Ole Miss wide receiver Laquon Treadwell will more than likely be the first wide receiver selected in the 2016 NFL Draft, and for good reason. The 6-foot-2, 210-pound Illinois native was a monster in 2015, catching 82 balls for 1,153 yards and 11 touchdowns and using his size and strength to outmuscle and out-jump defenders to snare anything thrown his way. Those stats are particularly impressive when you remember that Treadwell broke his fibula and dislocated his ankle in 2014, causing him to miss Ole Miss's final four games.
After that injury Treadwell linked up with David Robinson, a man who describes himself as George Whitfield (the quarterback guru) for wide receivers. Robinson played at the University of Oklahoma from 2002 to 2006 before he began working with wideouts, and he has since spent time training NFL guys like Emmanuel Sanders, Rueben Randle, Jordan Reed and Adrian Peterson—plus a few other top college prospects, like TCU's Josh Doctson and Colorado State's Rashard Higgins.
STACK caught up with Robinson to discuss how he's been preparing Treadwell for the NFL, Treadwell's performance at the Combine and why receiver speed is vastly overrated.
STACK: When did you first link up with Laquon?
David Robinson: After he broke his leg in college. I could see what he needed to work on with his pad level and his route running. He had a tendency to pop up instead of staying low, which gave away his routes. He'd drop his arms a lot. We've been working over the course of college to now, and he's more polished now than a lot of scouts thought he would be at the Combine.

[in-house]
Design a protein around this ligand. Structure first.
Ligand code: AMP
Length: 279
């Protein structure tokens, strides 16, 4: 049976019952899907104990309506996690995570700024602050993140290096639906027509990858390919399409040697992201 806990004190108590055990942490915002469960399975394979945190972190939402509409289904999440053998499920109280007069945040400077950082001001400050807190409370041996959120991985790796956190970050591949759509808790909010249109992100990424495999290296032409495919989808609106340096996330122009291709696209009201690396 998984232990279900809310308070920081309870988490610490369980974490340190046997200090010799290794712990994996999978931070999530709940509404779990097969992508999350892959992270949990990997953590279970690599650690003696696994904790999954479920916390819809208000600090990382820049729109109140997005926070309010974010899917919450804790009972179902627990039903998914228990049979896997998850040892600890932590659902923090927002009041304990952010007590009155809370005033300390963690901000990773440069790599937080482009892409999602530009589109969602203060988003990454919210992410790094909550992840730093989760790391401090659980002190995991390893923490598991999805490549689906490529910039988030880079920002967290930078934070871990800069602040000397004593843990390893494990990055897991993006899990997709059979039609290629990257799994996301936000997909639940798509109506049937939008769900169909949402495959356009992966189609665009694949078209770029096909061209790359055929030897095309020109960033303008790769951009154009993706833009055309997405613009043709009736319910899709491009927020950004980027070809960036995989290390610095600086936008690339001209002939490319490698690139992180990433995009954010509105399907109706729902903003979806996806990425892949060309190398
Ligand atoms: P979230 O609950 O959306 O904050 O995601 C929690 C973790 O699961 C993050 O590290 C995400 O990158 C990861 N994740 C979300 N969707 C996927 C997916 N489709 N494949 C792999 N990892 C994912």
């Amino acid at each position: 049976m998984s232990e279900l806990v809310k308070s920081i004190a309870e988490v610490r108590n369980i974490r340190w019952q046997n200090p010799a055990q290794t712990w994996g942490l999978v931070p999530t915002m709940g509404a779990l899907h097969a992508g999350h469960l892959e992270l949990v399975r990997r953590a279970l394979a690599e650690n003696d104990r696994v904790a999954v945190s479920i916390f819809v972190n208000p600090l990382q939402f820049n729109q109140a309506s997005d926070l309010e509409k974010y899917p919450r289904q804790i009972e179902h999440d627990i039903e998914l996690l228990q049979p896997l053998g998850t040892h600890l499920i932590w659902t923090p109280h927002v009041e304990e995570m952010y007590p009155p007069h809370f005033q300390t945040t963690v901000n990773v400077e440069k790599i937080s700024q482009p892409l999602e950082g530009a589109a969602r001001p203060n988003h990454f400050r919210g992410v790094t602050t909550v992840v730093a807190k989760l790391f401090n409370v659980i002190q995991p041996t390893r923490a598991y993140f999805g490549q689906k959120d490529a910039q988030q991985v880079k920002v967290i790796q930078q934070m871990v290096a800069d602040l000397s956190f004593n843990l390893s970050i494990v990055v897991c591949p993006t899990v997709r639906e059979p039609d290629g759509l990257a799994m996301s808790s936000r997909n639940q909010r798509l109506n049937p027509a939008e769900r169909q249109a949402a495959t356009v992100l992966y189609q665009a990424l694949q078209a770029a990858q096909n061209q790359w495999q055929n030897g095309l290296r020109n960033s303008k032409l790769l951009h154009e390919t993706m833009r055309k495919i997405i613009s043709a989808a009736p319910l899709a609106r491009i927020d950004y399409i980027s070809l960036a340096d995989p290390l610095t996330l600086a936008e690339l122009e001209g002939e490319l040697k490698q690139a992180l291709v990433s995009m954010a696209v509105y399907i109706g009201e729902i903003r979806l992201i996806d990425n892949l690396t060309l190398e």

What is a typical day like working with him?
Our sessions would last for an hour and a half or so. We did a lot of ball drills. We did a lot of tracking the ball over his shoulder and showing his hands late. When tracking deep balls, a lot of receivers have a tendency to drop their arms instead of keep running, so we were working with Laquon on keeping his arms moving and showing his hands at the last minute. We did a lot of press/release drills, because he had a tendency of being high versus press because he's a big receiver.
After that, we put cones out in front of him to work on his footwork and his arm motion, making sure he's explosive coming out of his breaks. After that, we did conditioning. Then I sat him on the ground and threw footballs at him while he's lying on the ground and catching them at each angle. Then I'd even have him lie flat on his back and throw the ball at him while he catches it on his back. Then I'd have him roll over, and he'd end back on his back and I'd throw the ball and he'd roll over another way. When he's coming out of rolling over, his vision is blurry. I was doing that to get him used to, when receivers come out of their routes, their vision is blurry, to get your eyes focused back on the football very quickly.
You worked a bit to prepare him for the NFL Combine. What were your biggest areas of focus?
Making sure he wasn't thinking a lot while he's running his routes. He wants to be perfect. He wants to be Rookie of the Year, he wants to make the Pro Bowl. My focus in getting with him is to play fast. Whether you do it right or wrong, play fast. Play fast when you start the route, play fast when you finish the route. I put him through drills where he'd visualize himself in a phone booth. If you pop up in a phone booth, you're going to hit your head. We related that a lot to his route running. By staying low, he's more under control. And he really liked that.
Having watched him at the Combine, how do you think he did?